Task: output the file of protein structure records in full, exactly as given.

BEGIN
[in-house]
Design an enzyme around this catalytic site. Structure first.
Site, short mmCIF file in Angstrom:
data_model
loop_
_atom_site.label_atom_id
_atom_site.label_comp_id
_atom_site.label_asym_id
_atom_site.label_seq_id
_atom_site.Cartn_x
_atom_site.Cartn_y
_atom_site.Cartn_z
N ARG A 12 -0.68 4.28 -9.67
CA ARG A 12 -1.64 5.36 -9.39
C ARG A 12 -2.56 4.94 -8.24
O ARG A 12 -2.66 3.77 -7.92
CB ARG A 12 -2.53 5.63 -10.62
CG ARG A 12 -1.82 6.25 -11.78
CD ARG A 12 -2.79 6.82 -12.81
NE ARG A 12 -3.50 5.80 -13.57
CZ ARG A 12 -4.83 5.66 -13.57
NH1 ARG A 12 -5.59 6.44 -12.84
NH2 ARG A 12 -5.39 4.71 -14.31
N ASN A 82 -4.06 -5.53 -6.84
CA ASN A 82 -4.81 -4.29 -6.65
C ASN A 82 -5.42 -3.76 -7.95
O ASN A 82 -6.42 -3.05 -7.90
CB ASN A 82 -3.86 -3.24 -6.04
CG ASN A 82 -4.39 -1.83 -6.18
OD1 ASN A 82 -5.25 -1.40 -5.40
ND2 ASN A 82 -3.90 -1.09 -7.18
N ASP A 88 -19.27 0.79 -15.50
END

[in-house]
Design an enzyme around this catalytic site. Structure first.
Site, short mmCIF file in Angstrom:
data_model
loop_
_atom_site.label_atom_id
_atom_site.label_comp_id
_atom_site.label_asym_id
_atom_site.label_seq_id
_atom_site.Cartn_x
_atom_site.Cartn_y
_atom_site.Cartn_z
N ARG A 12 -0.68 4.28 -9.67
CA ARG A 12 -1.64 5.36 -9.39
C ARG A 12 -2.56 4.94 -8.24
O ARG A 12 -2.66 3.77 -7.92
CB ARG A 12 -2.53 5.63 -10.62
CG ARG A 12 -1.82 6.25 -11.78
CD ARG A 12 -2.79 6.82 -12.81
NE ARG A 12 -3.50 5.80 -13.57
CZ ARG A 12 -4.83 5.66 -13.57
NH1 ARG A 12 -5.59 6.44 -12.84
NH2 ARG A 12 -5.39 4.71 -14.31
N ASN A 82 -4.06 -5.53 -6.84
CA ASN A 82 -4.81 -4.29 -6.65
C ASN A 82 -5.42 -3.76 -7.95
O ASN A 82 -6.42 -3.05 -7.90
CB ASN A 82 -3.86 -3.24 -6.04
CG ASN A 82 -4.39 -1.83 -6.18
OD1 ASN A 82 -5.25 -1.40 -5.40
ND2 ASN A 82 -3.90 -1.09 -7.18
N ASP A 88 -19.27 0.79 -15.50